Shalom and Bracha!
This Shabbat we read the portion of Terumah, which begins the
discussion concerning the construction of the Temple in the desert.
Since the Torah is not simply a history book, and every portion
has lessons for each of us at all times, we will look at some
lessons from this week’s portion.
Hashem commanded that on top of the
held Tablets with the Ten Commandments, a golden cover should be
placed with images of two angels facing each other. When Hashem
spoke to Moshe, the voice came from in between the angels. The
Talmud teaches that there was a unique miracle that occurred
with these angels. The angels represented the relationship
between G-d and the Jewish people. When Hashem was pleased with
the Jewish people, they faced each other. When He was angry with
the Jewish people, they faced away from each other. Although
they were close in proximity, the facing away from each other
showed that there was a distance.
Often, we spend time interacting with Hashem. We go to a
synagogue, attend a Torah lesson or do an act of kindness.
However, our “face” is in the other direction. Our face
represents our excitement, intent and interest. This behavior is
much like the angels who rest in close proximity but face away
from each other. If we desire that Hashem should “show us His
face” and treat us with love, care and attention, then when we
are interacting with Him, we must turn our face to Him. This is
also an important lesson in our relations with people. Often we
spend time with people but we don’t “face” them. Our minds and
hearts are elsewhere. This is also why we forget about each
other; we never “faced” each other. During the communist
oppression, a teacher in an underground Hebrew school came to
the Previous Rebbe, Rabbi Yosef Yitzchak Shneerson, to ask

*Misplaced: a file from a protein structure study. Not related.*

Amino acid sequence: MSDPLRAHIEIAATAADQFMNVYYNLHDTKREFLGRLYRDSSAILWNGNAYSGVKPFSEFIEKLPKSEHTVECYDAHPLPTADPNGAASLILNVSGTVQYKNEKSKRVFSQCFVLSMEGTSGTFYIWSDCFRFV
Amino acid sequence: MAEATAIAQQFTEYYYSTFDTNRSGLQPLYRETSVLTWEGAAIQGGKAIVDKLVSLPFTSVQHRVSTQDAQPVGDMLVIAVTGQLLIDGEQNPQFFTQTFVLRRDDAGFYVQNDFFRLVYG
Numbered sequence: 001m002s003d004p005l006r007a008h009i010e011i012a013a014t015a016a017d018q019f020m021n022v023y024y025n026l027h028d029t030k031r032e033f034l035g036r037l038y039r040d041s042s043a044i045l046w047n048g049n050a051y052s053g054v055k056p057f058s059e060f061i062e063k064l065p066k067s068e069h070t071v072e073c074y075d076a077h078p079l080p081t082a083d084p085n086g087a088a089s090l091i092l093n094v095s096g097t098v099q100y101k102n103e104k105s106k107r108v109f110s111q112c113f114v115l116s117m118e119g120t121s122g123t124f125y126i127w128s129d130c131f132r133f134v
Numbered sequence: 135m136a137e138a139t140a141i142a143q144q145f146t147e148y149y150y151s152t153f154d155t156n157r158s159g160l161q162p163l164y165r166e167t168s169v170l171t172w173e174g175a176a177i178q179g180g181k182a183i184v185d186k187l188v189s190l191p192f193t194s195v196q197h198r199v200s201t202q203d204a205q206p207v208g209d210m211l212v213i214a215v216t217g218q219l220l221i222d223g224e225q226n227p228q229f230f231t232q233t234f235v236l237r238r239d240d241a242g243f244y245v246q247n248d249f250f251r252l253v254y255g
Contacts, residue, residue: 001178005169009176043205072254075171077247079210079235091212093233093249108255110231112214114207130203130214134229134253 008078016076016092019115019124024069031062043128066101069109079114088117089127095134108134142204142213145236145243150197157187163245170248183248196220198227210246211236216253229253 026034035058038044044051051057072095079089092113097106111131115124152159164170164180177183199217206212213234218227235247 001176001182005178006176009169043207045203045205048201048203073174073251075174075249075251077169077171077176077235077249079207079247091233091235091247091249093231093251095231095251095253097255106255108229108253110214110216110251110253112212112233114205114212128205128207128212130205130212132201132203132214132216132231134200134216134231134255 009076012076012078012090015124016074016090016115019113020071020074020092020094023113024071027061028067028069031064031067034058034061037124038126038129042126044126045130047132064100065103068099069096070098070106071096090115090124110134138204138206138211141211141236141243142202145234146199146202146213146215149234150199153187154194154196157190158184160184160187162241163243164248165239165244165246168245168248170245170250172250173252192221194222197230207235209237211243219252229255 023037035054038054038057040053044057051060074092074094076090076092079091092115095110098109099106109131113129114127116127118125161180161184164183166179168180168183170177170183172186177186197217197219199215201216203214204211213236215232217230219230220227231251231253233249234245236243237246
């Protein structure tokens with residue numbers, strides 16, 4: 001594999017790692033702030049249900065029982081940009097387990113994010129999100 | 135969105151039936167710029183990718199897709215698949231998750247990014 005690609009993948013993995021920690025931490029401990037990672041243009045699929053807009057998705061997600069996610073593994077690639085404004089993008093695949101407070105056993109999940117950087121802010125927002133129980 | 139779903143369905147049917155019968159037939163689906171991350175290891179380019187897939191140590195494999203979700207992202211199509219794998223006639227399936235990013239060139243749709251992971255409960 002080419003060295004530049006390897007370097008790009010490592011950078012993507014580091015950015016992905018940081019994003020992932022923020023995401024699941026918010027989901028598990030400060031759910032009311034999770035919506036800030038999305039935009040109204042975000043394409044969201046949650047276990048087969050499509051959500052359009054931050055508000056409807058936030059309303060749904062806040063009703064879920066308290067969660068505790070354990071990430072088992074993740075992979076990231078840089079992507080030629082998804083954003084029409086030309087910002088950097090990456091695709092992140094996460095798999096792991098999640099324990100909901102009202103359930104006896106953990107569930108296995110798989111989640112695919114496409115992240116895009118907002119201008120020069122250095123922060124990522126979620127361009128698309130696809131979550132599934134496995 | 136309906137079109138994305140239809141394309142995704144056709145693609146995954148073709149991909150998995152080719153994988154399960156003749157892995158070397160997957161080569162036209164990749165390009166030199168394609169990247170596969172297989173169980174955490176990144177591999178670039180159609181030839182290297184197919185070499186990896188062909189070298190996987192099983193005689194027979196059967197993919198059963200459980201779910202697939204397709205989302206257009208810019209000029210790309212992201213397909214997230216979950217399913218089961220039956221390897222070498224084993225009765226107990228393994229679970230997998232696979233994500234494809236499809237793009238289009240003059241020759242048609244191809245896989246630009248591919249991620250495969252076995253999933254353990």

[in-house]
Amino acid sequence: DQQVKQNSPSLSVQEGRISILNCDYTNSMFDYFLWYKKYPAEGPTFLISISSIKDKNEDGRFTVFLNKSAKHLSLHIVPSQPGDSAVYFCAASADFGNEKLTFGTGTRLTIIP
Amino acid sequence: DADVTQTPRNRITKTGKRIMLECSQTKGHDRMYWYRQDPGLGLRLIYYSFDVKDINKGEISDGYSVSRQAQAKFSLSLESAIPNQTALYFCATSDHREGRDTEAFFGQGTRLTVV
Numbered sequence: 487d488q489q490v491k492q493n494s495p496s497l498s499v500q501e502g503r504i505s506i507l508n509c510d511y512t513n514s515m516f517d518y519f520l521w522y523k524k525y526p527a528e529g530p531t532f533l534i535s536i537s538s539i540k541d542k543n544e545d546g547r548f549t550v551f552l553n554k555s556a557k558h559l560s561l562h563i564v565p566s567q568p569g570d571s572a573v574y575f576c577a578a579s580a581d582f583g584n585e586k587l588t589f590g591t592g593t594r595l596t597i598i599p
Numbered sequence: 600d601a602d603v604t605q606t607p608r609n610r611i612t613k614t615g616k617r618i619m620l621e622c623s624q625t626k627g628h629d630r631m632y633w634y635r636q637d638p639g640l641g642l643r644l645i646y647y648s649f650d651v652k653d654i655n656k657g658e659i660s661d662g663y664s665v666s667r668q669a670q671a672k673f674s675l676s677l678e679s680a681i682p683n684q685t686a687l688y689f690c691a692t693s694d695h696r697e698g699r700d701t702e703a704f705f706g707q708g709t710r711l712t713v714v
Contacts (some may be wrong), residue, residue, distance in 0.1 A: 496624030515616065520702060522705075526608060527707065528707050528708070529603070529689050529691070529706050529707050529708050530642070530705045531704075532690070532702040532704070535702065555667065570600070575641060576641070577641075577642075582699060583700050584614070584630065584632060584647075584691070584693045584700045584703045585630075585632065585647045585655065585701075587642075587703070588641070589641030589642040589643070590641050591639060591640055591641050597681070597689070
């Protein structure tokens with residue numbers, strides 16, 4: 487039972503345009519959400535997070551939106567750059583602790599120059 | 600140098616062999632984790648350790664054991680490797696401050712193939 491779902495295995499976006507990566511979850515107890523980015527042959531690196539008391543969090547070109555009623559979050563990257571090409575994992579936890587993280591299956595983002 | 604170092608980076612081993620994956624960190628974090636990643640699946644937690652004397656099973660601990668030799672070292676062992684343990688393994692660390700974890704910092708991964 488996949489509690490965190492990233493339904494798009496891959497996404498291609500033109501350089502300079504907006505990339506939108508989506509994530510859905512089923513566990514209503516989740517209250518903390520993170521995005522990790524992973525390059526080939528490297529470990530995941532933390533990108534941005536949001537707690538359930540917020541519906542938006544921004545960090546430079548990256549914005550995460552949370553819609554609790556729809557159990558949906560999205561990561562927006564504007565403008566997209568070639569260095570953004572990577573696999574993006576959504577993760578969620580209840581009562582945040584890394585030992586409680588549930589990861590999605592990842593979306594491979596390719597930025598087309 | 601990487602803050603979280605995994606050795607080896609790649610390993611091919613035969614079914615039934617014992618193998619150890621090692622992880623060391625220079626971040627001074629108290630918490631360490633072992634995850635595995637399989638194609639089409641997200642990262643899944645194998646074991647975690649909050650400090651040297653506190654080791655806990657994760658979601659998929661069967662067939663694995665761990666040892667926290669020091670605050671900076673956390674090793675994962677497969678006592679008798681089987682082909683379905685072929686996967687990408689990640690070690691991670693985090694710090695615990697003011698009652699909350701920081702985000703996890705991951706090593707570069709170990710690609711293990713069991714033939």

blessings for his students. Because of fear of being caught, he
committed their names to memory rather than writing them. During
his meeting with the Rebbe, he forgot one of the names. The
Rebbe asked him, “How can you forget a Jewish child?” and told
him the child’s name. At the time, the Rebbe had hundreds of
underground schools with thousands of students, but each of them
had his full “face.”
A further lesson
The Torah teaches that the Kaporet was Mikshah, which means
that rather than molding the angels and soldering them to the
Kaporet, the entire Kaporet with the angels were beaten from a
single piece of gold. This is a deep lesson concerning our bond
with Hashem and the Torah. Our soul is a part of G-d. When we
connect to Hashem, it is not the unity of distinct beings. We
are in fact one entity. The Kaporet rested above the ark because
through the Torah we perceive, reveal and develop our divine
The Menorah was also Mikshah, beaten from one piece of gold.
This was tremendously complex, bearing in mind that there were
seven ornate branches of perfect size and measure. The seven
branches represent the different facets of the Jewish people.
One could view Jewish as numerous units fused by a common goal,
cause or belief. The Menorah teaches us that we are Mikshah, one
entity drawn in many directions.
As we study the construction of the Temple may we immediately
see the construction of the Third Temple with the coming of Moshiach.
Dedicated in memory of Juliet Bat Dinah Matalon. May Hashem
grant her perfect bliss in Gan Eden and may she be bound in the
bond of eternal life with Hashem
Adar - A Time to Rejoice
The month of Adar has begun! The Talmud teaches that from the